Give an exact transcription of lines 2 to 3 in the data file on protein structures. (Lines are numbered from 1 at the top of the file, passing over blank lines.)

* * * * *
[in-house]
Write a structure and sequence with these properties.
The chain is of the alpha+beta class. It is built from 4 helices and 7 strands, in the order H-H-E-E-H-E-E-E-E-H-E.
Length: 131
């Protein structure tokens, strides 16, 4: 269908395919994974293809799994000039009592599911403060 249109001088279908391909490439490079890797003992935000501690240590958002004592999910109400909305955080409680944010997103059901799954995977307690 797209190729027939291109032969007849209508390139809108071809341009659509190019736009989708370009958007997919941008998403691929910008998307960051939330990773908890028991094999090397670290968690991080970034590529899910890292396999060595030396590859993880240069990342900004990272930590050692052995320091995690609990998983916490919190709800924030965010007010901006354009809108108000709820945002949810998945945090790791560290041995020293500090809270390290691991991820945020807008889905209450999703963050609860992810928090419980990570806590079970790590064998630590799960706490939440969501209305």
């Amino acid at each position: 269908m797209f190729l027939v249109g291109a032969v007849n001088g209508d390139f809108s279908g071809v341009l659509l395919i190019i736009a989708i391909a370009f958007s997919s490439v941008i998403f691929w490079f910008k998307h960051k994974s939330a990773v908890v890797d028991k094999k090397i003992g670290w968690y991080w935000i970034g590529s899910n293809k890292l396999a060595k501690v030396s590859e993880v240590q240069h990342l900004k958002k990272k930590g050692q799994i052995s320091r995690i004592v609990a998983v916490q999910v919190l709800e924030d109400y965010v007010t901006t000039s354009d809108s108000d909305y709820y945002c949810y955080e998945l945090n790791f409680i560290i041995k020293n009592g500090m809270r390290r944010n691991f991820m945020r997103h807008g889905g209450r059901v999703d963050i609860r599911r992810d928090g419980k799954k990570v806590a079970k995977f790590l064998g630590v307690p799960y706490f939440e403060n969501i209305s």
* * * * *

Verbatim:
Write a structure and sequence with these properties.
The chain is of the alpha+beta class. It is built from 4 helices and 7 strands, in the order H-H-E-E-H-E-E-E-E-H-E.